Sharing our Beaches with Birds and Dogs

With January being national ‘Dog Walking Month’ and many of us making New Year resolutions to lead a more active outdoor lifestyle, the beach is often seen as a perfect place to take your four legged friend.

But did you know that much of our coastline has special status as a protected area because of its national importance for birds, flora and fauna? This means that us humans need to be extra careful and respectful when visiting the beach at certain times of the year.

The winter is especially important for migratory birds such as the Purple Sandpiper, a hardy wading bird that visits our shores from its Scandinavian and Arctic home. They can be found on rocky shorelines at the water’s edge with their feathered friend the Turnstone, busily foraging for food amongst the seaweed and stones.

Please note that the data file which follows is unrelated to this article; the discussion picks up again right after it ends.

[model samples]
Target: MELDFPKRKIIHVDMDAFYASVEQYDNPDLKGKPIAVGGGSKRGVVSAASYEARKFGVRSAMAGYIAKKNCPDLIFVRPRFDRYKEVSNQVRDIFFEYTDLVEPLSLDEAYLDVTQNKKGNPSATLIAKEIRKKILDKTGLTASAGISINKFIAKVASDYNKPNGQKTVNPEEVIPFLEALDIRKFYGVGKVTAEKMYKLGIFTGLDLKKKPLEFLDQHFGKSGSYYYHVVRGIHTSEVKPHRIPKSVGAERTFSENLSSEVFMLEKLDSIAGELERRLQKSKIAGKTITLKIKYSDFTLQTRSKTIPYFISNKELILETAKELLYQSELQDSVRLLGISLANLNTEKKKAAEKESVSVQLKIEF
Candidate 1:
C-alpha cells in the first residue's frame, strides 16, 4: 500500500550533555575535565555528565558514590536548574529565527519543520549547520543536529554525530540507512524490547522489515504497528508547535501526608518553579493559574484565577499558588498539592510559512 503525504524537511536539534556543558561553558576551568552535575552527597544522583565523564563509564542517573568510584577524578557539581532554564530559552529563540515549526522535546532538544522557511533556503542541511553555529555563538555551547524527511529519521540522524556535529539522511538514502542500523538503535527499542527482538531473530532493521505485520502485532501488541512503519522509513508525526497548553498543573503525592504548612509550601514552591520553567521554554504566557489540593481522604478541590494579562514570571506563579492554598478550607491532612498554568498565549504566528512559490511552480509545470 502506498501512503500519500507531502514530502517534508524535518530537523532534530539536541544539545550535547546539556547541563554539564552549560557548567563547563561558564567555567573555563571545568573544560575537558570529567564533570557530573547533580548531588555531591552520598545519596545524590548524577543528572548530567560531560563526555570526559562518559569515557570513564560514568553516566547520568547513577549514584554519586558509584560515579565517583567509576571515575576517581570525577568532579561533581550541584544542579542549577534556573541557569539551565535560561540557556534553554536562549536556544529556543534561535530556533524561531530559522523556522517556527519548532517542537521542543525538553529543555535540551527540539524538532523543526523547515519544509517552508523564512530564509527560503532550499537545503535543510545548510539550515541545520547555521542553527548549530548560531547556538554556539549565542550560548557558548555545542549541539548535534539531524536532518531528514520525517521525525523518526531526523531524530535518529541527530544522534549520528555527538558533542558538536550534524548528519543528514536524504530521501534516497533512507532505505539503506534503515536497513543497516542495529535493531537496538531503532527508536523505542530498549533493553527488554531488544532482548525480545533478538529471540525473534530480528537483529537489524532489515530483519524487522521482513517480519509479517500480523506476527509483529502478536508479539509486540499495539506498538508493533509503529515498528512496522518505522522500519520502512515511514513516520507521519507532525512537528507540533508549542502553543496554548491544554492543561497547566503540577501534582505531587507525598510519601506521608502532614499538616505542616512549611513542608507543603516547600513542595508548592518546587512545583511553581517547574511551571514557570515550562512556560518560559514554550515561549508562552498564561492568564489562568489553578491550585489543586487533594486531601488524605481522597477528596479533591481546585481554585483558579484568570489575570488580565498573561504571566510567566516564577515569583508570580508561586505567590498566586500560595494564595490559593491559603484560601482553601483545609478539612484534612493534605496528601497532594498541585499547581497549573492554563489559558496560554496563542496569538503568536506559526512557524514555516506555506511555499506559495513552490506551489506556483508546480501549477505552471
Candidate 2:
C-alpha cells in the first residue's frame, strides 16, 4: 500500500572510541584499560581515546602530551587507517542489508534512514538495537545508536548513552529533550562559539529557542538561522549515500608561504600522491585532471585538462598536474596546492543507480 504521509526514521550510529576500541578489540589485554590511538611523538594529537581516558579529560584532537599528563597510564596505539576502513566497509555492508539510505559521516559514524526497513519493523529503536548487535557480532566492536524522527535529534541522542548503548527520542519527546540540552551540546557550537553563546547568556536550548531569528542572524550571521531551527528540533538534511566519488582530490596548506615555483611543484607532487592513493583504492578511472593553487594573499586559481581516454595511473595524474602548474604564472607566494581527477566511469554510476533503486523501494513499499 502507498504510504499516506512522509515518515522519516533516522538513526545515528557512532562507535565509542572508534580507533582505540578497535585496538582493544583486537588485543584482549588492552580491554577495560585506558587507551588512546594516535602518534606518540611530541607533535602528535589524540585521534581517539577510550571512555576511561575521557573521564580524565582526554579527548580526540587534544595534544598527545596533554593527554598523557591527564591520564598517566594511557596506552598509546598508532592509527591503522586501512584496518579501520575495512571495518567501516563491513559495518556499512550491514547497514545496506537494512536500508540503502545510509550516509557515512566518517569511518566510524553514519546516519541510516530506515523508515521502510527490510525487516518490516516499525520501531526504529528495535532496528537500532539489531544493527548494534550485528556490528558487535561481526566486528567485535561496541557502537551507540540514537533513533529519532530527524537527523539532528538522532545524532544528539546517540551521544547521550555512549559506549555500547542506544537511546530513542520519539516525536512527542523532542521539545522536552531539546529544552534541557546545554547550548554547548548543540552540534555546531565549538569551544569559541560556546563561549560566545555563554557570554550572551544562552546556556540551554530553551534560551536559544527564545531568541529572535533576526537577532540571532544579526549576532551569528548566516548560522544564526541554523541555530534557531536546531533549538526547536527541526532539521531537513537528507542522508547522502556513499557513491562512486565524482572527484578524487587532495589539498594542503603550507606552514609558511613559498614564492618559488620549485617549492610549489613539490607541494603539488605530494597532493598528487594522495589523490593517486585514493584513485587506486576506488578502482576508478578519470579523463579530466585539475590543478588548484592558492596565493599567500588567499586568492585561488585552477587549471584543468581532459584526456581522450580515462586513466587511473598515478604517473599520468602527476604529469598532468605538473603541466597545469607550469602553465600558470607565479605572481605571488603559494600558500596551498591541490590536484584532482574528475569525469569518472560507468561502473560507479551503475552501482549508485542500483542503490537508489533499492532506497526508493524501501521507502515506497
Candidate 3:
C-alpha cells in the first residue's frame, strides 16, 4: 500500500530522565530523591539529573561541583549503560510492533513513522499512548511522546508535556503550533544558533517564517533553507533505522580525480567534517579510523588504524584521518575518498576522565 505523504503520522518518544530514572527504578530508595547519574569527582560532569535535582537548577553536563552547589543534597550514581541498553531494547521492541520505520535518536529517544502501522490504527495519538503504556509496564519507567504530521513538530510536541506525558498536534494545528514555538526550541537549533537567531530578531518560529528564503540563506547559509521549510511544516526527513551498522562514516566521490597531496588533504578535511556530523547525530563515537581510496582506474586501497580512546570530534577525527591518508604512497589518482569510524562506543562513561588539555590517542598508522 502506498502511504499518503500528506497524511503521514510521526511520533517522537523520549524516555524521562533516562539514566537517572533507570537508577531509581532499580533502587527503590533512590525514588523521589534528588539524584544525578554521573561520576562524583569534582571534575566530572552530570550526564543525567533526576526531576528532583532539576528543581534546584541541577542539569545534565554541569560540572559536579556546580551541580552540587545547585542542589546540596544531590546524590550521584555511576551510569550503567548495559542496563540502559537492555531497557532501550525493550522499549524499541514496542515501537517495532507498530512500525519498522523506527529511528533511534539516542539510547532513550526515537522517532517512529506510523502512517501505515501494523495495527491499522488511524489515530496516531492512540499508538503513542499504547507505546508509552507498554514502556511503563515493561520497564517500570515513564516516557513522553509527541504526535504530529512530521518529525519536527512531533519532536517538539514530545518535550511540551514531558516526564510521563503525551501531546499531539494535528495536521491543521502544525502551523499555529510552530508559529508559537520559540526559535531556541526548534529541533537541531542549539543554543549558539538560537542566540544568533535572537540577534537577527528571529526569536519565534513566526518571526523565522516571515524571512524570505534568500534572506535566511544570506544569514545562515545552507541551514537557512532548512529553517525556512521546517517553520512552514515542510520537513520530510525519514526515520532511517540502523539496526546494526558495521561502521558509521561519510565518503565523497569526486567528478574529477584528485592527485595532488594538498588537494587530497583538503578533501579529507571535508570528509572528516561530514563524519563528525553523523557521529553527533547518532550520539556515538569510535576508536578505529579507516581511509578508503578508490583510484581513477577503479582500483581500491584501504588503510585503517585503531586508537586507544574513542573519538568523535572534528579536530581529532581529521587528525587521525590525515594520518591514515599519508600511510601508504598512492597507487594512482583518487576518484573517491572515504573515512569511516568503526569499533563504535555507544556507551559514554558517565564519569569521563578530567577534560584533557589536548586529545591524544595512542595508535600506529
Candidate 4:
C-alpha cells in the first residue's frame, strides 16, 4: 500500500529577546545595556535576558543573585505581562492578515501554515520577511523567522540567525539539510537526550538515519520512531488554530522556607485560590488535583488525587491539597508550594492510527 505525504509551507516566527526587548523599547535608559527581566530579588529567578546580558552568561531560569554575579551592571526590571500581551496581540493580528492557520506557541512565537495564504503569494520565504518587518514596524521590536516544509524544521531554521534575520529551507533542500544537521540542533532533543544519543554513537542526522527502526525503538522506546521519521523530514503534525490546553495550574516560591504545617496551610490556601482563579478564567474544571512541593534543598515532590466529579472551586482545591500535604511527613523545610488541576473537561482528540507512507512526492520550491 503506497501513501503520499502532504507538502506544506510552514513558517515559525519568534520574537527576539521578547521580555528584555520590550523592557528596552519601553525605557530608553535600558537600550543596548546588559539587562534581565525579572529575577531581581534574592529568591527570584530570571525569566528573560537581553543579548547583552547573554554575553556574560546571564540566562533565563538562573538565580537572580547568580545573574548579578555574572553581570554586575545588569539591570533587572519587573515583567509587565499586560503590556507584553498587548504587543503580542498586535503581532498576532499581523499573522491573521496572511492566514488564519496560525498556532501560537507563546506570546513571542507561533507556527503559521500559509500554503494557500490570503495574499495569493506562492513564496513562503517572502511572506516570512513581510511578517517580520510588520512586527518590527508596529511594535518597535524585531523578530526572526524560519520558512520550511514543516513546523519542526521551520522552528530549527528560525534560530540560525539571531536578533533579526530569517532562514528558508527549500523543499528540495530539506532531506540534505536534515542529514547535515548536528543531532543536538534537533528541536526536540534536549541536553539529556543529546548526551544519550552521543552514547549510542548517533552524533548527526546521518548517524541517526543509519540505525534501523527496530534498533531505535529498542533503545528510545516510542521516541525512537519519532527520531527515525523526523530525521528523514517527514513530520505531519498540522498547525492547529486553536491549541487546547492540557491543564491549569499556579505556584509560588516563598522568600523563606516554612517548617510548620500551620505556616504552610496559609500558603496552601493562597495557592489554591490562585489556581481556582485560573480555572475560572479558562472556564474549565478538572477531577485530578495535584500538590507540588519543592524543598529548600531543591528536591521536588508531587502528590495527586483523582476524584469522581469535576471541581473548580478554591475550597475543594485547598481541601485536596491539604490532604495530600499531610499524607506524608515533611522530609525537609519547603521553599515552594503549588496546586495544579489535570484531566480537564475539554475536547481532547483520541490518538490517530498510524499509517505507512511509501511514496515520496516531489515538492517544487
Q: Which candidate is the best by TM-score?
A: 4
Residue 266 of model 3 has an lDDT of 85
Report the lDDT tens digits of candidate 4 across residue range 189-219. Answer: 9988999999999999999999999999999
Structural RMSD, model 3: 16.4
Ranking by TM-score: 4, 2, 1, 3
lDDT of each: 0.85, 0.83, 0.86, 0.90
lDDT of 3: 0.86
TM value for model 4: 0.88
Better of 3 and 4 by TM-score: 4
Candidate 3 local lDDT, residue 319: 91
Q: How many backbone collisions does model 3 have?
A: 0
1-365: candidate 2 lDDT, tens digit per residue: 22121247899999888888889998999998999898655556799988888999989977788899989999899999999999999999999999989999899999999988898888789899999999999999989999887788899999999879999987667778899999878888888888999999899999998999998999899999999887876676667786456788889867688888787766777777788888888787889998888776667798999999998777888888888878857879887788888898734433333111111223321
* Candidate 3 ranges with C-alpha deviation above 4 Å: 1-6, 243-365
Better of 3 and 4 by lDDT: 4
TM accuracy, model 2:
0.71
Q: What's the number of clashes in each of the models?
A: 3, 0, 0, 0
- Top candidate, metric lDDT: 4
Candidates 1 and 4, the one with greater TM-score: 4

We can help the Purple Sandpiper and the Turnstone by giving them the space they need to feed and build up their energy stores for their long journey back north in the spring.

Dogs especially can scare the birds, causing them to spend precious energy flying away from their food source.

When enjoying your winter walk on the beach (with or without a dog) please remember to stay at least 40m away from shore birds and keep your dogs on a lead where the birds are feeding.

That way our coast remains special for all visitors, both human and non-human.

(Photo credit and copyright: Dawn Monrose. Image of a Purple Sandpiper provided by Durham Wildlife Trust, a SeaScapes partner)